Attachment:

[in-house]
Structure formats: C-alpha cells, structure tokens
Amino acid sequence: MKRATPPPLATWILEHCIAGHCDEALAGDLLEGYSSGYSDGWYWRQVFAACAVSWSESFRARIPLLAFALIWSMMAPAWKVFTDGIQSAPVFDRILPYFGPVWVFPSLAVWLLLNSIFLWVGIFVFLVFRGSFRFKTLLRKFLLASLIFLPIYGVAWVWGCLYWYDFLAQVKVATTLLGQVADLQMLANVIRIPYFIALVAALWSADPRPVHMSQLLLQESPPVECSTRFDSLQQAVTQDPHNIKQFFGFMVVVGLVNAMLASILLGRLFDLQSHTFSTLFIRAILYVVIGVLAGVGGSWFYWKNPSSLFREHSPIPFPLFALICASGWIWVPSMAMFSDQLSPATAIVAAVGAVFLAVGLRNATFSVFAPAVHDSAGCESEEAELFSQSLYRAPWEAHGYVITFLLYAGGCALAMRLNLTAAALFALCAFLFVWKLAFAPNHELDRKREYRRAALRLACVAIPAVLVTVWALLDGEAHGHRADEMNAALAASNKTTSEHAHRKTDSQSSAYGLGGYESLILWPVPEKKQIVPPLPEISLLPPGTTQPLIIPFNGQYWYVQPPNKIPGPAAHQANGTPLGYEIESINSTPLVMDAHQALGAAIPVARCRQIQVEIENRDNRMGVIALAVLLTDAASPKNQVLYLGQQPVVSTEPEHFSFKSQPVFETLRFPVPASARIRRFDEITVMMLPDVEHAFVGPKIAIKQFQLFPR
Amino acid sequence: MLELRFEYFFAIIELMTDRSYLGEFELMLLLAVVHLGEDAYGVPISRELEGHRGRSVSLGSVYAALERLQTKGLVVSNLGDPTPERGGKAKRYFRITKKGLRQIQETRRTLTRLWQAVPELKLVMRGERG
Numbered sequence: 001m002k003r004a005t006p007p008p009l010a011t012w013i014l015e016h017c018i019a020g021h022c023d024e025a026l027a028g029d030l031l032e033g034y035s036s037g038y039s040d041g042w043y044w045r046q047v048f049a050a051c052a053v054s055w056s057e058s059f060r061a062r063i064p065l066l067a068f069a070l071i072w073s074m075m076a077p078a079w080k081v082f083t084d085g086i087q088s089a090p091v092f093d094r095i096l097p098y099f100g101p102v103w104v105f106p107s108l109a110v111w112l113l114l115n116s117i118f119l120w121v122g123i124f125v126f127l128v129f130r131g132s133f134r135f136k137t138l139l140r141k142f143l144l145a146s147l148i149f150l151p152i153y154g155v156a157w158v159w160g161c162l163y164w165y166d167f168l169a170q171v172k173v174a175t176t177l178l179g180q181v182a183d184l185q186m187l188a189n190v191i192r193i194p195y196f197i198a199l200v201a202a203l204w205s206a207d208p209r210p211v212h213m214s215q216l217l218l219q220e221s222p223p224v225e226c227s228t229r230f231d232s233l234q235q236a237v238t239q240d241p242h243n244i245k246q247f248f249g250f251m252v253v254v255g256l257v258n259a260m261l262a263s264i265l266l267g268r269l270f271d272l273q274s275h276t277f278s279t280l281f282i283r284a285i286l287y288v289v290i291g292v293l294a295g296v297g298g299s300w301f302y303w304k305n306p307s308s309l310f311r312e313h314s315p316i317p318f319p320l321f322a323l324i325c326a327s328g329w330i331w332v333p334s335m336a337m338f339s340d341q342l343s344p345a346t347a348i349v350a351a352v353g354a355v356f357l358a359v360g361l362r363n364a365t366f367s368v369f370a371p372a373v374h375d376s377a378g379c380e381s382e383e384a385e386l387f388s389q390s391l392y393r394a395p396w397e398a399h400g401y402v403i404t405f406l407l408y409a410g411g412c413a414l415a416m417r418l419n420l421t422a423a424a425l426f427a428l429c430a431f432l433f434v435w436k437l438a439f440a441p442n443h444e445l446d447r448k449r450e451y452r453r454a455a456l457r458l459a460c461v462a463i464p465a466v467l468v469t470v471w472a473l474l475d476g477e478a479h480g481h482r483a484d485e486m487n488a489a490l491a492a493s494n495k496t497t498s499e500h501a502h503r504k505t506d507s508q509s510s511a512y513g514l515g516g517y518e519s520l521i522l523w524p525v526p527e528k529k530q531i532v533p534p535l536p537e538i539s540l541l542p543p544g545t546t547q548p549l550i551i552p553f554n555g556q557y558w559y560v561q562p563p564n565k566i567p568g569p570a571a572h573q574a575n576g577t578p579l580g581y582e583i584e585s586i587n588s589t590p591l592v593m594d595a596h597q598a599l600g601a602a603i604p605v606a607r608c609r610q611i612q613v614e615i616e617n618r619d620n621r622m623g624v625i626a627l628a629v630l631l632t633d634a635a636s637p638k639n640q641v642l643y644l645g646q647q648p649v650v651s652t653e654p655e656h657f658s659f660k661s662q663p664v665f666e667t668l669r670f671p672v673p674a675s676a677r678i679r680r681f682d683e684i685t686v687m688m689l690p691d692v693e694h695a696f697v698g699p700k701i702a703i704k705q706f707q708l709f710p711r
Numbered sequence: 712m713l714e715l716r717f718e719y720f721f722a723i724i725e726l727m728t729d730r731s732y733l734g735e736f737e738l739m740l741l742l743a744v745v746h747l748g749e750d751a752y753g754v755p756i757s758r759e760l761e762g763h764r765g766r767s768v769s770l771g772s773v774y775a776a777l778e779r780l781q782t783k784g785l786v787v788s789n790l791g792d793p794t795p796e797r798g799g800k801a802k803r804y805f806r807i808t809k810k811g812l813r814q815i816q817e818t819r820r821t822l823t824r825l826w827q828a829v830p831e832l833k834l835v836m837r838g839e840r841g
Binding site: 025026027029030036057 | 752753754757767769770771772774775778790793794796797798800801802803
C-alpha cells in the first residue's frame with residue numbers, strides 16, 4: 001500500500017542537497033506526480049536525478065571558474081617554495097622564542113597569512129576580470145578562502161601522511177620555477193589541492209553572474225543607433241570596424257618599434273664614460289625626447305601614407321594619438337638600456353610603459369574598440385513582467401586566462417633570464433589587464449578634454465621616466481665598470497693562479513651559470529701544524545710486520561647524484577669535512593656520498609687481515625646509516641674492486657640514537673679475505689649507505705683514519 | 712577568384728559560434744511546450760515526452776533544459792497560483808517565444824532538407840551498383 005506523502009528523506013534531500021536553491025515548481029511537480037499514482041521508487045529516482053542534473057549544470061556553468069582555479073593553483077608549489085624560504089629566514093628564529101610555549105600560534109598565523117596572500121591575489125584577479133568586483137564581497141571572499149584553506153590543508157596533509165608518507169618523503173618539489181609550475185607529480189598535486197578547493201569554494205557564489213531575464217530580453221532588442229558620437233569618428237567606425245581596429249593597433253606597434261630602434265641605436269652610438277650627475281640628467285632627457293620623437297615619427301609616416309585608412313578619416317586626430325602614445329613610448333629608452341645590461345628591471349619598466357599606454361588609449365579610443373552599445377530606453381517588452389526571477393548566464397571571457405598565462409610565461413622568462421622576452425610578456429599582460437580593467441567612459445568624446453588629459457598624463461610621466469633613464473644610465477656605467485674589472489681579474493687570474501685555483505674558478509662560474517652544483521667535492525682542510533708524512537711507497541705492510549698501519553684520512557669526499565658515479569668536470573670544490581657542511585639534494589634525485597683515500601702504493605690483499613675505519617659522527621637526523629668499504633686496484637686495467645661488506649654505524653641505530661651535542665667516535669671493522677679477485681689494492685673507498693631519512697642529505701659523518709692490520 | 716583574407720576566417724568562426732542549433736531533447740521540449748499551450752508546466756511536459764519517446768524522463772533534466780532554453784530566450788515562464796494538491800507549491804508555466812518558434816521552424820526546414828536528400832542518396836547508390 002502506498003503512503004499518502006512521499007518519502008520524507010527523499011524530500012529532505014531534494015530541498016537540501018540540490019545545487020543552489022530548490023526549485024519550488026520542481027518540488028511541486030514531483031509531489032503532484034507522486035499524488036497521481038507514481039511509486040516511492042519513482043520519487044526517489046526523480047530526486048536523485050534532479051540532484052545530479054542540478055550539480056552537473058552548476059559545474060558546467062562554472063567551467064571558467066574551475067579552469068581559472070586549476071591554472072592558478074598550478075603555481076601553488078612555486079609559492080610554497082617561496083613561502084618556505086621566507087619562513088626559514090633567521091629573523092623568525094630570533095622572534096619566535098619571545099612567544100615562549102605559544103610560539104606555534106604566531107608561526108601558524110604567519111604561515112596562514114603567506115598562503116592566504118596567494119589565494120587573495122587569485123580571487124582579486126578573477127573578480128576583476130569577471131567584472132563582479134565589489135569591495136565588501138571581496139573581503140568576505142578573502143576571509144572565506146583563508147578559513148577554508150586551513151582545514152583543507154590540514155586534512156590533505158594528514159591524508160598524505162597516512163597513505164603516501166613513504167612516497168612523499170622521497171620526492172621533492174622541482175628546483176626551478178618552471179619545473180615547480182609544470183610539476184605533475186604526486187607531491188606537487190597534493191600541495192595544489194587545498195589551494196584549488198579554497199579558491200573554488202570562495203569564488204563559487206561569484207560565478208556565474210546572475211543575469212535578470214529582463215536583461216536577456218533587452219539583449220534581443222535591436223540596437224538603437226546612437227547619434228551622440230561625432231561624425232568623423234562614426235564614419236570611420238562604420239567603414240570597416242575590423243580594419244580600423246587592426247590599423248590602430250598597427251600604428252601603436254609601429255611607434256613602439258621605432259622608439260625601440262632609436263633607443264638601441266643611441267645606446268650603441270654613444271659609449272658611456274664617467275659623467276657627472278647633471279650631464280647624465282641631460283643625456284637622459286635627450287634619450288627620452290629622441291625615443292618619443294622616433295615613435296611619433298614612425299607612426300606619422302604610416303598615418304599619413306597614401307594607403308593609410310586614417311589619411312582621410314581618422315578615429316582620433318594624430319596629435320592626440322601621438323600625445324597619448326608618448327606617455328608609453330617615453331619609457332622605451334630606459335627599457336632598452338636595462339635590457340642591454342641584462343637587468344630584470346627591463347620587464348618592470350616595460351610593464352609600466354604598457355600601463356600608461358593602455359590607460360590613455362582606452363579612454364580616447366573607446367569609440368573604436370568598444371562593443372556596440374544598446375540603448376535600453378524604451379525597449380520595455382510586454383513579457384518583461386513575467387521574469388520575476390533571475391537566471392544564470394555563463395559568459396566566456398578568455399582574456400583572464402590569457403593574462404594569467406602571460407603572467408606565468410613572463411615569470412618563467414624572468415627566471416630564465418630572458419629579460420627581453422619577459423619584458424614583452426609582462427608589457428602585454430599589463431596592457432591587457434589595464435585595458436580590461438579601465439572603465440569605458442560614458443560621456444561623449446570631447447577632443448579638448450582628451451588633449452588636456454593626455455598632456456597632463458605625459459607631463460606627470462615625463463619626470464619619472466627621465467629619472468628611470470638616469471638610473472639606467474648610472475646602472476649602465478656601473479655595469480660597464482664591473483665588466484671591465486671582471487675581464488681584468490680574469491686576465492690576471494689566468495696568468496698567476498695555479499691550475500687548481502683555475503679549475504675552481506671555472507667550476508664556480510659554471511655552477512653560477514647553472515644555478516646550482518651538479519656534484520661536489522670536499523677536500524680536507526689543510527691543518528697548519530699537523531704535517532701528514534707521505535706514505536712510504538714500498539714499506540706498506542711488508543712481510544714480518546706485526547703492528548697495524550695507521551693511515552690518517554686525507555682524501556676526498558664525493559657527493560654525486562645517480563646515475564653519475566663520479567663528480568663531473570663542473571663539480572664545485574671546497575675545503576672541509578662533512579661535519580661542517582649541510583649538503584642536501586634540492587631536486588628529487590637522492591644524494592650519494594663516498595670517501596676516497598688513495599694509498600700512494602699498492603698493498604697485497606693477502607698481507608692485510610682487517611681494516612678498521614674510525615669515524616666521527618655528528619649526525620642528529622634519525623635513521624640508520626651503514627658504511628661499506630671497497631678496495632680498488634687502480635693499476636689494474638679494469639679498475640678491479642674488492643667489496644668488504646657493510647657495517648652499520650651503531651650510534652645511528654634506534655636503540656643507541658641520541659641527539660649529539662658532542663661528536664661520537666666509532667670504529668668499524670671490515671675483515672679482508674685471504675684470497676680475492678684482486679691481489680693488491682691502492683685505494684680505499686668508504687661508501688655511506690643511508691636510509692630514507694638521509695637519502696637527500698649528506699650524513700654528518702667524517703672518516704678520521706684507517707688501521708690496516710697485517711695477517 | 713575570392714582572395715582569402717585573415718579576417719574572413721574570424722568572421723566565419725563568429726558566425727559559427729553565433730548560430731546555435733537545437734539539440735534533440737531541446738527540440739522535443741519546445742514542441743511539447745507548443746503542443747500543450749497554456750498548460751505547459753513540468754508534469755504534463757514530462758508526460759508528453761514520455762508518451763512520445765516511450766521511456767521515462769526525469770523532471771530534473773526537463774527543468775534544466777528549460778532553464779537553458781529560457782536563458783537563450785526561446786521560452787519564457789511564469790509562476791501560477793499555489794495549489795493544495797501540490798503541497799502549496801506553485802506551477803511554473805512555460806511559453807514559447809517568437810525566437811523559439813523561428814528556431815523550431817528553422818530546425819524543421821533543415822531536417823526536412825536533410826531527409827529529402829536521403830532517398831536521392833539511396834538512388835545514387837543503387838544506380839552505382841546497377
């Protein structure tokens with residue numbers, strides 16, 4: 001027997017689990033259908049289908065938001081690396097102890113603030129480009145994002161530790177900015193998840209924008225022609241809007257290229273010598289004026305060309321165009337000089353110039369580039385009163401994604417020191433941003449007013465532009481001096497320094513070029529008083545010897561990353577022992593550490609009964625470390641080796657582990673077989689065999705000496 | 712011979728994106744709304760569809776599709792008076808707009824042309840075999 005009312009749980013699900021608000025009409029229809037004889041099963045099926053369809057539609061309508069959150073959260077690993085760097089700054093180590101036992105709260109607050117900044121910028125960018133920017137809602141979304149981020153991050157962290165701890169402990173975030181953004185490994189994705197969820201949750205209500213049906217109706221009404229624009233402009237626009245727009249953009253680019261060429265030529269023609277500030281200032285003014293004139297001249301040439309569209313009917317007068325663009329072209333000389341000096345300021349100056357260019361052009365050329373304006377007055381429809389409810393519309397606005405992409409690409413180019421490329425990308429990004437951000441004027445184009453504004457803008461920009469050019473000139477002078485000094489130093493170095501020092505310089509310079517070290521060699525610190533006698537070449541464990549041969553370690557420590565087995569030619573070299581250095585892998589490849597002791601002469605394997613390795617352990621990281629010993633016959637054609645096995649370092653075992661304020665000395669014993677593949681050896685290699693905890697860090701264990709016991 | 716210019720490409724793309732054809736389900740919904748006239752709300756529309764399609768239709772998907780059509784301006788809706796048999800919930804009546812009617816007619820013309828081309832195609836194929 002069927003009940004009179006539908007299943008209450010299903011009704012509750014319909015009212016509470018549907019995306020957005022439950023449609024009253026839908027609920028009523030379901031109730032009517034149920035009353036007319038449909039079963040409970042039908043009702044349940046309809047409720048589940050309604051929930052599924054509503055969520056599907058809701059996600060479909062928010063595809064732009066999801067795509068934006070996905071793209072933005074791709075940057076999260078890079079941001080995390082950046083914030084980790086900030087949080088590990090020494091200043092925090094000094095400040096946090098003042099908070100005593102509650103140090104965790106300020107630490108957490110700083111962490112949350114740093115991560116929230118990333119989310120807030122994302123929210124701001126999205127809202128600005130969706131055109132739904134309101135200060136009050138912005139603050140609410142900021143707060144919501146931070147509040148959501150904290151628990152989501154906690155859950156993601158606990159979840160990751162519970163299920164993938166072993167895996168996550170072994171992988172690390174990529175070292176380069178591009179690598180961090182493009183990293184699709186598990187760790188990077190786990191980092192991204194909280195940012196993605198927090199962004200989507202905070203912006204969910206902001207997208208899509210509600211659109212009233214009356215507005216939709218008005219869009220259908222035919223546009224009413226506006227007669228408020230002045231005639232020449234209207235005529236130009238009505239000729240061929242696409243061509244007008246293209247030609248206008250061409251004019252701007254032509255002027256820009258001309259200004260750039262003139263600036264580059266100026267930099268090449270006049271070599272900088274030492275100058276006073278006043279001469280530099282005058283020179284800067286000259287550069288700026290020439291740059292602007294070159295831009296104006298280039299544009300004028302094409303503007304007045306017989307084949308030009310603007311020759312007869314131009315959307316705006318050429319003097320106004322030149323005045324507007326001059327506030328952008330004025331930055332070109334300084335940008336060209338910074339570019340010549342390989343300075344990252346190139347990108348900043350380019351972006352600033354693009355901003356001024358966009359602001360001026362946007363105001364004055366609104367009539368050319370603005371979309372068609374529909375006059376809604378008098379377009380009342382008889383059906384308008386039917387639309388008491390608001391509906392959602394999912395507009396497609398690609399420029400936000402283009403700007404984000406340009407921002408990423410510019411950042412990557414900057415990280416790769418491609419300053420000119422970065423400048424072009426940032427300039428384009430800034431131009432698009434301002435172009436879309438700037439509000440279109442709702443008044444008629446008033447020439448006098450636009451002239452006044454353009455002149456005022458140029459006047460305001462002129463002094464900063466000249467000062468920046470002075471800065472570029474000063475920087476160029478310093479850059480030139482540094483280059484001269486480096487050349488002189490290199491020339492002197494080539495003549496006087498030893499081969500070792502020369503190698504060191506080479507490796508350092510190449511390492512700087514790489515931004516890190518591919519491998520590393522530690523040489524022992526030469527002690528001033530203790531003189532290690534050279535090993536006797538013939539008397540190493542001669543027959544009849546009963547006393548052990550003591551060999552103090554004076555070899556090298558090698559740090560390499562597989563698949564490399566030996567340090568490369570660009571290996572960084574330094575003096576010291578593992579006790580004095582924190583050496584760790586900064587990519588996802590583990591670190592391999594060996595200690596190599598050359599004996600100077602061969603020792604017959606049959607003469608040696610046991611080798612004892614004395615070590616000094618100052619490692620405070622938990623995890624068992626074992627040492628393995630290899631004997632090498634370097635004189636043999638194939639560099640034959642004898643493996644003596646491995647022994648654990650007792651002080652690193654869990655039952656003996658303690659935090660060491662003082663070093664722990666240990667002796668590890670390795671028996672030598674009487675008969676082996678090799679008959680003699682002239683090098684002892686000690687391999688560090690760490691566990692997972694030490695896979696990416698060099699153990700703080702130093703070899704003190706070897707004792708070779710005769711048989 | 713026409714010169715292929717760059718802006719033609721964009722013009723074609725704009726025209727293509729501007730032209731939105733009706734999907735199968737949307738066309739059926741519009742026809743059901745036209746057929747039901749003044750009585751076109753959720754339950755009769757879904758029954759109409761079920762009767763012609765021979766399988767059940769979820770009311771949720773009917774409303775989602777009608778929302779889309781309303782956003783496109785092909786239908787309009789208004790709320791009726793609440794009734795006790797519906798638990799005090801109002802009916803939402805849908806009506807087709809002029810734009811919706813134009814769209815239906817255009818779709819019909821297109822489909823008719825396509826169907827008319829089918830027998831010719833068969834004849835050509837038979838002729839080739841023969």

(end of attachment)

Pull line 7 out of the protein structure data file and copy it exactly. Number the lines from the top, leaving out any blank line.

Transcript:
Binding site: 025026027029030036057 | 752753754757767769770771772774775778790793794796797798800801802803